PAWS AND REFLECT: St. Teresa’s creative crusade against canine waste

March 22, 2024

The welcome sign of St. Teresa Catholic Elementary School has been giving passerby reasons to stop.

Take this message in January, for example.

“Kids at play. Keep dog poop away. There is no poop fairy.”

School Welcome Sign outside


Despite appearances, the information campaign isn’t an act of vandalism. The unique communication outreach is part of an ongoing student-led communications campaign to get people in the neighbourhood talking about a common problem – dog poop.

It’s the brainchild of teacher Jana Lee Lynde’s Grade 5 class, who have taken a Deep Learning project from the classroom into the community to deter locals from leaving dog waste on the schoolground and surrounding public park. 

“Do you know how many bacteria are found in a single gram of dog poop?,” one of the students asks classroom visitor, Peterborough Mayor Jeff Leal. “Twenty-three million!”

Grade 5 student Monroe McKinley, chosen as a spokesperson for her class, articulates the poop problem with aplomb.

People are leaving dog poop in our yard and not picking it up. They are also letting their dogs go off leash during school hours,” McKinley says. “The dog poop problem adversely affects us because we are trying to keep our students safe and healthy all throughout school. We are using our communication skills and Catholic Graduate Expectations to solve our problem.”

In the Deep Learning model, teachers step back and allow students to run with an area of interest while facilitating learning opportunities and ensuring alignment with the Ontario curriculum.

This Grade 5 class has welcomed visitors to the classroom and called on local experts as they researched the challenge at their school. They learned from the Peterborough Humane Society that the number of dogs in the community has increased substantially thanks to “COVID pups,” dogs adopted during the pandemic, which may correlate to a rise in dog poop. Peterborough Public Health shared information with the students about the harmful bacteria living in fecal matter. The Board’s facilities department worked with students to design new signs for the school yard asking dog owners to pick up after their pets.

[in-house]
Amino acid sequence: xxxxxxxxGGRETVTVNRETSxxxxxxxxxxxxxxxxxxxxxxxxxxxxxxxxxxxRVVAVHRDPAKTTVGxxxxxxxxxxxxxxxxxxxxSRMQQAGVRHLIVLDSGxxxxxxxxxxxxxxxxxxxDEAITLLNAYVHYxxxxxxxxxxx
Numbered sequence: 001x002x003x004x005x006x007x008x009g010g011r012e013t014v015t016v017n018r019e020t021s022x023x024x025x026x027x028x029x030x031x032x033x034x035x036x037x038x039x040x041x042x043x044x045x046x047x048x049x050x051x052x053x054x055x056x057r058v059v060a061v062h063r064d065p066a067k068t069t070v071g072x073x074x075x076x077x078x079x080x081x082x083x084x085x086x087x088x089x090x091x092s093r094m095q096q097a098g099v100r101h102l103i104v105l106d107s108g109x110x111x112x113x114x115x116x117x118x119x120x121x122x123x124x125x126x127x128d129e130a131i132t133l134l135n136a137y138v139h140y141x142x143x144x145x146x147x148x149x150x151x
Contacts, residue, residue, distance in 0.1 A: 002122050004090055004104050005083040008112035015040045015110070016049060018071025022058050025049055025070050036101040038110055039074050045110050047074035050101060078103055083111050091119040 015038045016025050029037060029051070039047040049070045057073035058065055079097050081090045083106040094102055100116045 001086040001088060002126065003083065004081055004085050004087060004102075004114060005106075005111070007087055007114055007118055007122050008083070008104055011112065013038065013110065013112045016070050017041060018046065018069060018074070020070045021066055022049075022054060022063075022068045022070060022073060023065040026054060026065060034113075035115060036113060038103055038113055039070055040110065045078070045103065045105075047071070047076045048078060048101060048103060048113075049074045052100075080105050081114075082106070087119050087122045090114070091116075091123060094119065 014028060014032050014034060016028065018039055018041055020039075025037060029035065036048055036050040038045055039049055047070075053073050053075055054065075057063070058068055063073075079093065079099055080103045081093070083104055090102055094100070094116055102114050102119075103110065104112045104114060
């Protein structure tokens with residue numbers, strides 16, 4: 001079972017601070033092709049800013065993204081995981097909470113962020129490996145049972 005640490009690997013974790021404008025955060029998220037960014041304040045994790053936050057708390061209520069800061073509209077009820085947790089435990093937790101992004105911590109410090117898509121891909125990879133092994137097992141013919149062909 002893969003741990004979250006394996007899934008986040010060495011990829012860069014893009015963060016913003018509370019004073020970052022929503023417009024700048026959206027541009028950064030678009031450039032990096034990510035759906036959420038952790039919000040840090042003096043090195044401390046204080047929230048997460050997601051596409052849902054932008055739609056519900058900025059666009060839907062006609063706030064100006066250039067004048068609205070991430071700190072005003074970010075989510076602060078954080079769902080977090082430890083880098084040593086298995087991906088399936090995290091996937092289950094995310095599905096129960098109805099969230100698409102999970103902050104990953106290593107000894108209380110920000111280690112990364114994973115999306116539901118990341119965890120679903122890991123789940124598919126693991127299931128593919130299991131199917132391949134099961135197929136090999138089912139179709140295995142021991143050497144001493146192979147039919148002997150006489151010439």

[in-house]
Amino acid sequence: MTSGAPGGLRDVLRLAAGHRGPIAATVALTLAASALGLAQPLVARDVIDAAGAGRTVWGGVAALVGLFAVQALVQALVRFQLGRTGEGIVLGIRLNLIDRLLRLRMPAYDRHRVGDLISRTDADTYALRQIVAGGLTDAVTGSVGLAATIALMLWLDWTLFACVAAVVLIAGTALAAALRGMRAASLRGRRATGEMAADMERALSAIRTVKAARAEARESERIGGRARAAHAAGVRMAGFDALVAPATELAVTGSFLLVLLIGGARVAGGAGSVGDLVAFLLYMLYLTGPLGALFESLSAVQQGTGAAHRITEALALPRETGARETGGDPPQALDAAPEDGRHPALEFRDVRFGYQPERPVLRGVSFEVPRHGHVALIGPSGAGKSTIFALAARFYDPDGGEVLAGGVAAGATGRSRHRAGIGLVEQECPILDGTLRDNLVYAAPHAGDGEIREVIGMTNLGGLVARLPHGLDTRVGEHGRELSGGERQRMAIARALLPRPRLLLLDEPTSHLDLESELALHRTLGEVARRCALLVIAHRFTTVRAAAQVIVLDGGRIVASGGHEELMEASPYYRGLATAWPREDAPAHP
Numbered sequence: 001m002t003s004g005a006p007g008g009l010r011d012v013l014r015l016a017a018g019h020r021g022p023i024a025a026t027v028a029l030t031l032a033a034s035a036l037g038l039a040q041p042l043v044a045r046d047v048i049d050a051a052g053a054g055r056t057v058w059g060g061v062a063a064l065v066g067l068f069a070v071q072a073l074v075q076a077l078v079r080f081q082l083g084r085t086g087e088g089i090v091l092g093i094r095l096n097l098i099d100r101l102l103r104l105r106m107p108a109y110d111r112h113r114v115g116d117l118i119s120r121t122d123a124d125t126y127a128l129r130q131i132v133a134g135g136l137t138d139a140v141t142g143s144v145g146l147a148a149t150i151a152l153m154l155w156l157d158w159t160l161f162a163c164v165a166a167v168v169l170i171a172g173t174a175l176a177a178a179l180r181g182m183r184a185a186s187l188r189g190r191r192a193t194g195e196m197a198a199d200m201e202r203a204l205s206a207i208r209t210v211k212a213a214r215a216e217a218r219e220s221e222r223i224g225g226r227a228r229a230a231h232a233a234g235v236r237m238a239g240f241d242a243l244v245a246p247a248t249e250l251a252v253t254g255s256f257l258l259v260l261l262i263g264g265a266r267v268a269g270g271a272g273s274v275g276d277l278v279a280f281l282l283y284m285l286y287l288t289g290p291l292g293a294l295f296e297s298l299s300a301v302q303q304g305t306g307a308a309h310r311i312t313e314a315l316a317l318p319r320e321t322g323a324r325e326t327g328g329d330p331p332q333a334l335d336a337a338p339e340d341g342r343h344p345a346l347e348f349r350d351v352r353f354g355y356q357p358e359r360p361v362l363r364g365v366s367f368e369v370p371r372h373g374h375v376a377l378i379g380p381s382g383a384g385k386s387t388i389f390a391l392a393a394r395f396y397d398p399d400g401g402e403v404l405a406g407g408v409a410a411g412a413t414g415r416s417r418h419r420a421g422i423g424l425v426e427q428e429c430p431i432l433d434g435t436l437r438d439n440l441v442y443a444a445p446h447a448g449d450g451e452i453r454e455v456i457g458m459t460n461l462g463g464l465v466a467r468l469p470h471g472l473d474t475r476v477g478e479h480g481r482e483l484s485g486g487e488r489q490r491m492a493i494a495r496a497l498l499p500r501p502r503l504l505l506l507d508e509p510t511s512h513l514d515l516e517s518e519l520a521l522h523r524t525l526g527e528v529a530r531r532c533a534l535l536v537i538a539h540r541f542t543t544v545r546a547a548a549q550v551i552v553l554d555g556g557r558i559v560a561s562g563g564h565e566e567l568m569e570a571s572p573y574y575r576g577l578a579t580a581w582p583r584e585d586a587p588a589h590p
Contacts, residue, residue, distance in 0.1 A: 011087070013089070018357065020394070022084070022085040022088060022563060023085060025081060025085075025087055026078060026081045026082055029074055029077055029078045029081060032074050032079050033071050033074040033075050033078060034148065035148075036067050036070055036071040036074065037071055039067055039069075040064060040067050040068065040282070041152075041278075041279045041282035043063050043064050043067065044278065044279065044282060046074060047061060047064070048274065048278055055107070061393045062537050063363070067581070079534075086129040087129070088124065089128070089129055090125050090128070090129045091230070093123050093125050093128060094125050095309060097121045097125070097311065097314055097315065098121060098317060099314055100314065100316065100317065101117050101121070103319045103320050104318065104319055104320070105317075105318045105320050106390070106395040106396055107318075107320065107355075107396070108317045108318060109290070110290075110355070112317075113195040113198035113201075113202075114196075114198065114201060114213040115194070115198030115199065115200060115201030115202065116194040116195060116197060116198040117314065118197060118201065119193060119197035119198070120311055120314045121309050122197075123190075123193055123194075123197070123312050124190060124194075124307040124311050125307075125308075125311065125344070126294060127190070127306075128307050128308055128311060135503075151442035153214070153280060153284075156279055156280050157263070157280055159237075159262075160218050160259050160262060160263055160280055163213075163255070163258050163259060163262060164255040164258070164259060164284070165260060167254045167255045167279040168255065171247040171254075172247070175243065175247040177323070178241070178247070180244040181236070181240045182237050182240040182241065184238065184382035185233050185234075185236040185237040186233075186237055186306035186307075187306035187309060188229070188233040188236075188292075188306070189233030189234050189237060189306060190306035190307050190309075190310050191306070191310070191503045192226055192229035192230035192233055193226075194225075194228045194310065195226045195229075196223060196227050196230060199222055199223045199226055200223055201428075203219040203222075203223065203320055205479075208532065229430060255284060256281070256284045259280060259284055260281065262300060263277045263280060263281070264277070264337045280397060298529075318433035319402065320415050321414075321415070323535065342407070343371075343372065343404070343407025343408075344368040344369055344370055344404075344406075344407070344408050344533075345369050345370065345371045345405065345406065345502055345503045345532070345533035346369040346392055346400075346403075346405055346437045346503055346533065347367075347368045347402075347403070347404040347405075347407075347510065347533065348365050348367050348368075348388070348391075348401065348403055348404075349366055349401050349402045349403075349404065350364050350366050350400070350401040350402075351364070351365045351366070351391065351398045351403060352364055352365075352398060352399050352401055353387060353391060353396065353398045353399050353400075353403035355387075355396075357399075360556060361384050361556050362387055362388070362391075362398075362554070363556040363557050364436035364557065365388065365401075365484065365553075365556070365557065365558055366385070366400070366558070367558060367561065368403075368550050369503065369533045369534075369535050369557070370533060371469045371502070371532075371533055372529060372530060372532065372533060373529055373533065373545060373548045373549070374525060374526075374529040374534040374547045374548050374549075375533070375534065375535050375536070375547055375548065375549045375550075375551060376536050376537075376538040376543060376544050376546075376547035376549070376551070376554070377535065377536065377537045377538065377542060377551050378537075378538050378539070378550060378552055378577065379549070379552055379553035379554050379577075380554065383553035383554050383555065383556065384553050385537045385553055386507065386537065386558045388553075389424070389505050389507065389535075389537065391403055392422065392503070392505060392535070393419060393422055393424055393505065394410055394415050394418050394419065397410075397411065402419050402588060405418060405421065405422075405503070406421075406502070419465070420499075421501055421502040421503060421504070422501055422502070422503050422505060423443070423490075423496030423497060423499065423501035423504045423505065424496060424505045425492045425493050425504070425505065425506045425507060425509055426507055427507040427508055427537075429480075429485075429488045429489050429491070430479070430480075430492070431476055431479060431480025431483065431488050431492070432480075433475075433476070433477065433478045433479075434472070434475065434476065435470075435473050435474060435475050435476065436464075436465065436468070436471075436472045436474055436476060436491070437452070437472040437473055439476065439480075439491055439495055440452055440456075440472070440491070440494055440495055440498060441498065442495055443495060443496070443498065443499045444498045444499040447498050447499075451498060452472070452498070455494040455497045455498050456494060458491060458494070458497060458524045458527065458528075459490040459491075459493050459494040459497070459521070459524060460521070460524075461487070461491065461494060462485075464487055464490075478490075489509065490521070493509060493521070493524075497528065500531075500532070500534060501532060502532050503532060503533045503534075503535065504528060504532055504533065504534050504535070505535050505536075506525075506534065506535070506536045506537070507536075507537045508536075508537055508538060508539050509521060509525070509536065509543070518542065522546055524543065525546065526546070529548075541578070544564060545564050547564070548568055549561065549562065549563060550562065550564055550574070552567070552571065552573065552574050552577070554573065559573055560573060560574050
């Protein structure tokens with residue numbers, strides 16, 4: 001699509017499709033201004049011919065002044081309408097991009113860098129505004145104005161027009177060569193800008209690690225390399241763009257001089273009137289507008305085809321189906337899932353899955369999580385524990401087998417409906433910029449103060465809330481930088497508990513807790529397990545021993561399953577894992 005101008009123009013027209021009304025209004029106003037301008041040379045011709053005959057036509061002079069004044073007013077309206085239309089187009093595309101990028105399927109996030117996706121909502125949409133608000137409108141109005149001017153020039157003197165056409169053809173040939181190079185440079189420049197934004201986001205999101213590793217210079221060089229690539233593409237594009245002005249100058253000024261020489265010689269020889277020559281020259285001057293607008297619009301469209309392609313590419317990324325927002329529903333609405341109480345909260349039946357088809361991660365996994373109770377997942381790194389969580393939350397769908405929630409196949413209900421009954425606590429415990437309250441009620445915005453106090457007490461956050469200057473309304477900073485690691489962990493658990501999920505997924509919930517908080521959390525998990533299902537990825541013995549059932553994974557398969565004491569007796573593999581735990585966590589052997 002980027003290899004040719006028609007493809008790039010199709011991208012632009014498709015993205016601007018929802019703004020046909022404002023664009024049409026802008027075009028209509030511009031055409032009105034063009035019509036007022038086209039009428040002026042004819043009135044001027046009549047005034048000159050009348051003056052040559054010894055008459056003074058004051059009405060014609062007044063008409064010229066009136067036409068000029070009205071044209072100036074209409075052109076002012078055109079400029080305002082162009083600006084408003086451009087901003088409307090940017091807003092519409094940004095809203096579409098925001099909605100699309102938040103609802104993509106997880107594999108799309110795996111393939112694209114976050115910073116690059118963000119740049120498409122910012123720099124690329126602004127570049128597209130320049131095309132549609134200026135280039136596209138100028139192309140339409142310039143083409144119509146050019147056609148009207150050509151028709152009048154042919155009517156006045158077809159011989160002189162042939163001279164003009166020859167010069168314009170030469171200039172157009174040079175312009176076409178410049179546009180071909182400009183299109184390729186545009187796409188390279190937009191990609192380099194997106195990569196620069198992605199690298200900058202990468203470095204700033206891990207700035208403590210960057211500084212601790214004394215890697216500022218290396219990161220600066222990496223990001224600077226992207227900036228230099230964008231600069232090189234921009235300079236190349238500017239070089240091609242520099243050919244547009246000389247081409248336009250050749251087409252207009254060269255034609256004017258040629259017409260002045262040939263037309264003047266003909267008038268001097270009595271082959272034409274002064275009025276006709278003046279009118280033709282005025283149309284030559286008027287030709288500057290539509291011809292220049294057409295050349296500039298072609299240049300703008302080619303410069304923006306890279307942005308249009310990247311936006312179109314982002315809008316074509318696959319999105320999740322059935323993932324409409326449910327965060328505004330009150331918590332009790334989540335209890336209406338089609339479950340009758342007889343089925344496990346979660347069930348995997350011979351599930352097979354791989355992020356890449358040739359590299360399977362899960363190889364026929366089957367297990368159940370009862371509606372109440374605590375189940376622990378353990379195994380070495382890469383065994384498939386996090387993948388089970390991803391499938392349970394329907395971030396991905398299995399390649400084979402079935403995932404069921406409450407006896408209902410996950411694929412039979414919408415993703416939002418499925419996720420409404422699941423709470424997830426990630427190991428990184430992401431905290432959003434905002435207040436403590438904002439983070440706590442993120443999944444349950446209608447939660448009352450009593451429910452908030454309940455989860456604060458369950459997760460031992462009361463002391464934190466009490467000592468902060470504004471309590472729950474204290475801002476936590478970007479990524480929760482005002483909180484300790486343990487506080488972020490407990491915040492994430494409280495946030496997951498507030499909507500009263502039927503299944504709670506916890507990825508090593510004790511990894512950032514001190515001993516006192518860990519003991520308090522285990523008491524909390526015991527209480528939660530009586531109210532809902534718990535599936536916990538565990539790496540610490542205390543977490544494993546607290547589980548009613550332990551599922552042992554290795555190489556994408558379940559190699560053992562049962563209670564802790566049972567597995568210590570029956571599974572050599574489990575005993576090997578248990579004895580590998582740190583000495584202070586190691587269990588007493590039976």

“We have been experiencing incidents of dogs running loose on school property and lots of dog poop in our yard. It is making a mess in our yard and is tracked inside our school, as well as exposing the children who play here to very harmful bacteria,” Lynde explained. “So, our students are learning to use their voices to make positive change.”

Those voices got the ear of Mayor Leal on Thursday, March 21, 2024, as he visited the classroom to hear firsthand from the students about their awareness campaign. 

Visitors talking to a classroom

“You’ve really highlighted a key issue,” said Leal, who invited the students to visit the council chambers at City Hall. “As a community, this issue affects our collective enjoyment of our public parks, our ability for families and children to use public parks.”

Following the Mayor’s visit, the Grade 5 class took their outreach into the neighbourhood, dropping off flyers to local homes 

“We are asking for your help to spread the word to keep our school yard a safe place for us to play,” the flyer reads.